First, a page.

Top Border Patrol official: Facilities not 'designed to handle' heavy flow of immigrants

A top border patrol official said Monday on “Fox & Friends” that facilities intended to house migrants and illegal immigrant detainees were “not designed to handle [the] type of flow” being seen along the Mexican border.

“This is a challenge unlike any we’ve ever faced before,” U.S. Border Patrol chief of law enforcement operations Brian Hastings said.

“We’re up to 474,000 arrests so far this fiscal year,” he added.

Hastings said that the prevalence of unaccompanied alien minors and family units adds to the stress the facilities are facing.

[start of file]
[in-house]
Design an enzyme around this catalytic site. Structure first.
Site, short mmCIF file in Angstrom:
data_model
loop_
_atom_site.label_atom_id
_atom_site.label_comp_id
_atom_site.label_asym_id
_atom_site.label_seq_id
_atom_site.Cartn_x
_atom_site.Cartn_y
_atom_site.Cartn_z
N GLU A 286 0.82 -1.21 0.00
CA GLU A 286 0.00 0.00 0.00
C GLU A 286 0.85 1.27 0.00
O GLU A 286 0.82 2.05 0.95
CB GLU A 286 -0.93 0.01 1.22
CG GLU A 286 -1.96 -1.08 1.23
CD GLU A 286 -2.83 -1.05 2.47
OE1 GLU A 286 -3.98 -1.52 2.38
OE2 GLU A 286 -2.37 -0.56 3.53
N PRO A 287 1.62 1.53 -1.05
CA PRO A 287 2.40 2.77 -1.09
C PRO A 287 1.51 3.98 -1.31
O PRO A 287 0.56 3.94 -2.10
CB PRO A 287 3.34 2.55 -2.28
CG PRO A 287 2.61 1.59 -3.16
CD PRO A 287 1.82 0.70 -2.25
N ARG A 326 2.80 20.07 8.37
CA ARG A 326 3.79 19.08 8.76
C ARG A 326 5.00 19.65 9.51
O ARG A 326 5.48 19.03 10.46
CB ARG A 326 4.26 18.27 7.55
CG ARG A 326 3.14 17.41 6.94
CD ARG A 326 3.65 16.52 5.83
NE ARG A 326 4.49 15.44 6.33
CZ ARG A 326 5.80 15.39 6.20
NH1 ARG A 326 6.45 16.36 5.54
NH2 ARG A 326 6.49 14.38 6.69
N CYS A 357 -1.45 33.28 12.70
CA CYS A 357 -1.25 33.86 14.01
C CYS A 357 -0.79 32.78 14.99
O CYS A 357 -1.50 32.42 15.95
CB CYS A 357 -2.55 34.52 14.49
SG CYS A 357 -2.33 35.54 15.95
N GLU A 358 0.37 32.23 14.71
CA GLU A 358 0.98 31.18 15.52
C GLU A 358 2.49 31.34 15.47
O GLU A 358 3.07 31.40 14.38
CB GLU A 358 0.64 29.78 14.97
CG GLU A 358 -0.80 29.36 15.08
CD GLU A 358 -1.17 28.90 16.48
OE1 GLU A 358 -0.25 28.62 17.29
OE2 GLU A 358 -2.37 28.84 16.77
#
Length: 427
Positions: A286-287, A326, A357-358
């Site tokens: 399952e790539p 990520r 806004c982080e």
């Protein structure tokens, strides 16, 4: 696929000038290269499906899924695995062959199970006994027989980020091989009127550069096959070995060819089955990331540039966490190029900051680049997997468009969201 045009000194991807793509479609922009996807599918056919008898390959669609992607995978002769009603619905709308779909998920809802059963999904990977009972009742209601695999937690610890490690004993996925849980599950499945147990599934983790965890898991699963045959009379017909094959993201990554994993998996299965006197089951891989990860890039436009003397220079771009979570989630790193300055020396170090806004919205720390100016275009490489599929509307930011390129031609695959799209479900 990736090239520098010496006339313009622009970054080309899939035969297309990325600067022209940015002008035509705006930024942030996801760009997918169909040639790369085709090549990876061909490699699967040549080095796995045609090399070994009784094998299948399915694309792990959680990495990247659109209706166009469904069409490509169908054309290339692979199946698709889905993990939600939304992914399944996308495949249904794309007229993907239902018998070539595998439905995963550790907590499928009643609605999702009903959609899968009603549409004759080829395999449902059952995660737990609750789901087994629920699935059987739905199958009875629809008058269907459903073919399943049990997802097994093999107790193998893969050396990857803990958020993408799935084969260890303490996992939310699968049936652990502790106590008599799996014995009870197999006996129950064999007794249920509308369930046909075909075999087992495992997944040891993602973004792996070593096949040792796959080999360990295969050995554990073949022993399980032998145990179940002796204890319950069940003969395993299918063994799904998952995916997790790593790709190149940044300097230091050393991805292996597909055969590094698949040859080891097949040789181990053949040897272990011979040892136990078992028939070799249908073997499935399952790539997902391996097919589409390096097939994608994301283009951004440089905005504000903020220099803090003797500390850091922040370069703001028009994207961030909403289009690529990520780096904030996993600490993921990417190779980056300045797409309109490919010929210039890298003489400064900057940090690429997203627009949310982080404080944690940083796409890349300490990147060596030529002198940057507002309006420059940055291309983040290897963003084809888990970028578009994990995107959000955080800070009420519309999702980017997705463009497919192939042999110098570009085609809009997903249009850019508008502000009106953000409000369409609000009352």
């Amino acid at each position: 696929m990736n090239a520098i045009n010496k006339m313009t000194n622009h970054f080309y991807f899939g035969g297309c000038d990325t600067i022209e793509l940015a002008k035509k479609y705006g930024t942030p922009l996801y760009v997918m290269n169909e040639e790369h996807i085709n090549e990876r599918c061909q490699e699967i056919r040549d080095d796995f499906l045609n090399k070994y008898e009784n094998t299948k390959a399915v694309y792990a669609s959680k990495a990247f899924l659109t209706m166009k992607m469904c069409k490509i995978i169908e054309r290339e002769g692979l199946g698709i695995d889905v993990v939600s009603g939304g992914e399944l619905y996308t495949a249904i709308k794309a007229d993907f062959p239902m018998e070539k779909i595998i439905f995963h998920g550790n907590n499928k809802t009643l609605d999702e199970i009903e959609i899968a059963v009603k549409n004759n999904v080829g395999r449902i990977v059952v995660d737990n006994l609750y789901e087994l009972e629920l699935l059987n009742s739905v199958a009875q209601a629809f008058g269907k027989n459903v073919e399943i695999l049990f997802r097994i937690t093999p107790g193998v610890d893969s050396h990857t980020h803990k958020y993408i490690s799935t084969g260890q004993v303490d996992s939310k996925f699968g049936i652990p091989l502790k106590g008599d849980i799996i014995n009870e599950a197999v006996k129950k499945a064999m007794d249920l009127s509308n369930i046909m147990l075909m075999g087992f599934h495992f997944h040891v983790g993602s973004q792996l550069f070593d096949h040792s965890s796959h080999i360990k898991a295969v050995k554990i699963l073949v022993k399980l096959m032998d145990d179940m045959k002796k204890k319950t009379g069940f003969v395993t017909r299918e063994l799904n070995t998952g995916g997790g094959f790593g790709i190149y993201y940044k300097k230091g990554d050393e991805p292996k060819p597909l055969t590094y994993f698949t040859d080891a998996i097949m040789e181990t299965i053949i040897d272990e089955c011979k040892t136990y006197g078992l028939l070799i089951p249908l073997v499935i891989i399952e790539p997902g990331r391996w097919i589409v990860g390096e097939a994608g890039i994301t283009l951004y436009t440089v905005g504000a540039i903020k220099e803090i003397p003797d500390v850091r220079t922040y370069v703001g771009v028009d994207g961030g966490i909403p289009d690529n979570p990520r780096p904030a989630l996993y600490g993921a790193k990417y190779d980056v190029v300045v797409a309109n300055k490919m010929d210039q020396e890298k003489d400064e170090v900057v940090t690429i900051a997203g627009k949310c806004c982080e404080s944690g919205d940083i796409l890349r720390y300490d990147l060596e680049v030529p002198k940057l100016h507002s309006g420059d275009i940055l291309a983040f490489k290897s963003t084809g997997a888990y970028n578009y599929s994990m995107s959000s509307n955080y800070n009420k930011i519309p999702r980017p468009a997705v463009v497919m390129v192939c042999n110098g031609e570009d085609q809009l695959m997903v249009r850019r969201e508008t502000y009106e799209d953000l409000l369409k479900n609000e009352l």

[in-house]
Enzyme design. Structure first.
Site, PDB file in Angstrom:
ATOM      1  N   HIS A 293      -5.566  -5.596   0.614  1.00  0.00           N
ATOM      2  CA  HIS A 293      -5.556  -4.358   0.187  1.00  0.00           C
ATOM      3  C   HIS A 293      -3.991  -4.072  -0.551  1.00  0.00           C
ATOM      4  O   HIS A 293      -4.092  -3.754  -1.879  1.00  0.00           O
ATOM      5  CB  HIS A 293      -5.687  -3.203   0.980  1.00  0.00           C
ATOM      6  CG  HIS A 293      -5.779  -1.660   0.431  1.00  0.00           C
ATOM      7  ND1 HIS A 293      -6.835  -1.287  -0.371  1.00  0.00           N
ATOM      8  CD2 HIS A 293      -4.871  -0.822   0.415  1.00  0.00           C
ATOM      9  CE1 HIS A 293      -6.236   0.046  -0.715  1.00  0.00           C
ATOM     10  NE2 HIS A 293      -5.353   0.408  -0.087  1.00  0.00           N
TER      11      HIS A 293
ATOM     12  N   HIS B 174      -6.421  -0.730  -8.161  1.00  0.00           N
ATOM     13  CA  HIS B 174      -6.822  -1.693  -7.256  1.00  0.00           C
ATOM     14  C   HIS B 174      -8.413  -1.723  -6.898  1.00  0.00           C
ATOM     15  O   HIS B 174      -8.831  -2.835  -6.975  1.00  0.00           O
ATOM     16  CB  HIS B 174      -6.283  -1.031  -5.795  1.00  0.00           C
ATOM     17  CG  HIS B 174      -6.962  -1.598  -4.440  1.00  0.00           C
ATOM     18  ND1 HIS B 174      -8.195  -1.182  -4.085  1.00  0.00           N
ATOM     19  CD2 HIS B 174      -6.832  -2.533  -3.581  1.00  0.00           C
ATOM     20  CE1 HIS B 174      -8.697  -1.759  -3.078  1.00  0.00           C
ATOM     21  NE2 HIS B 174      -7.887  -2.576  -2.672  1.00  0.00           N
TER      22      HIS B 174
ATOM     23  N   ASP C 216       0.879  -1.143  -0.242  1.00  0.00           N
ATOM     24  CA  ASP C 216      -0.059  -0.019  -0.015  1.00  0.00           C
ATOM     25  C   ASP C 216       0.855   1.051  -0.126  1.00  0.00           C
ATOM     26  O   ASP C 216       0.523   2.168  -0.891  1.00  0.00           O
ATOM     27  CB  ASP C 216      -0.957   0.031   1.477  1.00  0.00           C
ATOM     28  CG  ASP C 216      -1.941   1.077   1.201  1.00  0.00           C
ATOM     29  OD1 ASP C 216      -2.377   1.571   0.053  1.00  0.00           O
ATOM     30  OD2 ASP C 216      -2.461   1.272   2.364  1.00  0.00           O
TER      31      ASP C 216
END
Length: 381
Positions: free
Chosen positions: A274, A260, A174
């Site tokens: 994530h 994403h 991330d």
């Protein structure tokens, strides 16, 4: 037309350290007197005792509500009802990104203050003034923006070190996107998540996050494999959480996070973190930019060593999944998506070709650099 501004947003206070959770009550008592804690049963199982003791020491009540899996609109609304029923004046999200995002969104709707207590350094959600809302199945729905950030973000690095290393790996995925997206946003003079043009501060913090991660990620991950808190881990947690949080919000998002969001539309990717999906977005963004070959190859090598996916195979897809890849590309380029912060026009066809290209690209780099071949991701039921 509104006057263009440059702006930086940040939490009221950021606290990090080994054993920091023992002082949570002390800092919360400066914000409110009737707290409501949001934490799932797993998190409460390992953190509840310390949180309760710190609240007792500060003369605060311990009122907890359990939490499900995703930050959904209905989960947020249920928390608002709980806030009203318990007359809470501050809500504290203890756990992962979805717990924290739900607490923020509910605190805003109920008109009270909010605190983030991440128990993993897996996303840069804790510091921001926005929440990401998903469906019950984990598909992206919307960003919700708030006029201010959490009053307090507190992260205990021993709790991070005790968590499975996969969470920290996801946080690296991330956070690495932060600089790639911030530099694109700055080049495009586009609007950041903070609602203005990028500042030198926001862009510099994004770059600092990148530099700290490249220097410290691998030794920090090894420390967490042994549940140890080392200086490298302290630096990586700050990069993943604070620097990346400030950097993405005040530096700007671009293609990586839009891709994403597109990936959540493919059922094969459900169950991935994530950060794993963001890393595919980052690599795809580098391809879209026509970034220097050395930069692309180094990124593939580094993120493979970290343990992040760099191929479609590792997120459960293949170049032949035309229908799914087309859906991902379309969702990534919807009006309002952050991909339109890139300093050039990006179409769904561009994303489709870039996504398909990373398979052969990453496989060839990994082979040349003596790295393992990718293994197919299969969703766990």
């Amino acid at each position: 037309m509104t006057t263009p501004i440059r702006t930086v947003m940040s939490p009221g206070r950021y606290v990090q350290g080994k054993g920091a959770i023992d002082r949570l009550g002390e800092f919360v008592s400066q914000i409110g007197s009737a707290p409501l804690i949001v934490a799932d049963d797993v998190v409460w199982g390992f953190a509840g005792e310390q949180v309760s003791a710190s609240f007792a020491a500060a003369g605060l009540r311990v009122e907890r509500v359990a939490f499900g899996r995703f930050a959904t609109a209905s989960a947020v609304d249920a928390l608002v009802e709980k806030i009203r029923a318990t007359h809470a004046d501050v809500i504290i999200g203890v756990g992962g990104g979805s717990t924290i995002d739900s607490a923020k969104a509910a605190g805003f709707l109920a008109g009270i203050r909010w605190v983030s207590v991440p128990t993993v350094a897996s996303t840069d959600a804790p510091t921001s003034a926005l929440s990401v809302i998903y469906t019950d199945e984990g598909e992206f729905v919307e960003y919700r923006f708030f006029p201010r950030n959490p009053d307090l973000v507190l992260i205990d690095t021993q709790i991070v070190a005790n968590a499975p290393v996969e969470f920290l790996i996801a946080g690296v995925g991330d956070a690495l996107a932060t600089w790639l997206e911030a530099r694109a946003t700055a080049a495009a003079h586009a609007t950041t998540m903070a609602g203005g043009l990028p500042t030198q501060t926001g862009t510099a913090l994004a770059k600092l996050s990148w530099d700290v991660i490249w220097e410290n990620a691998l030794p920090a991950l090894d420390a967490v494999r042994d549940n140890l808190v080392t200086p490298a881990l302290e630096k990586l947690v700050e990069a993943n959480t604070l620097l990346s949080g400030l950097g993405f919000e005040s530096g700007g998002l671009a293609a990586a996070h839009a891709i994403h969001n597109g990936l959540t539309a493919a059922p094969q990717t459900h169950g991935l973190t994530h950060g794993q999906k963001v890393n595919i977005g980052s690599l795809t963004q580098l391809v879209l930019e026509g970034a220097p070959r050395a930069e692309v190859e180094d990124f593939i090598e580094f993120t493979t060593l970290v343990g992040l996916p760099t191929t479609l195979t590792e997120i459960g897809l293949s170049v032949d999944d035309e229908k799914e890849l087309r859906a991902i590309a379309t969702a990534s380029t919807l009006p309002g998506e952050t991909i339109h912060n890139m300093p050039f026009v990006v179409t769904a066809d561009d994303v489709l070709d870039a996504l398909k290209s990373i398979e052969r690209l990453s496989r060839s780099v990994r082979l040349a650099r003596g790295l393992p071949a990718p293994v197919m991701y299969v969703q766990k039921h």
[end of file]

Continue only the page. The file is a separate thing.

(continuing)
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He said that as the situation at the border continues, the border patrol has had to release “processed, noncriminal family units” into the public.

“With outdated laws, we simply cannot apply a consequence” to those people, he said.

Late last month, President Trump called for a sweeping overhaul to the asylum system, floating a new application fee for asylum seekers.

Border agents made more than 100,000 arrests or denials of entry in March -- the highest figure in 12 years, according to recent Fox News reporting.

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The White House said in an April memo that "out of every 100 aliens subject to expedited removal who claim a fear of persecution, only about 12 will ultimately be granted asylum."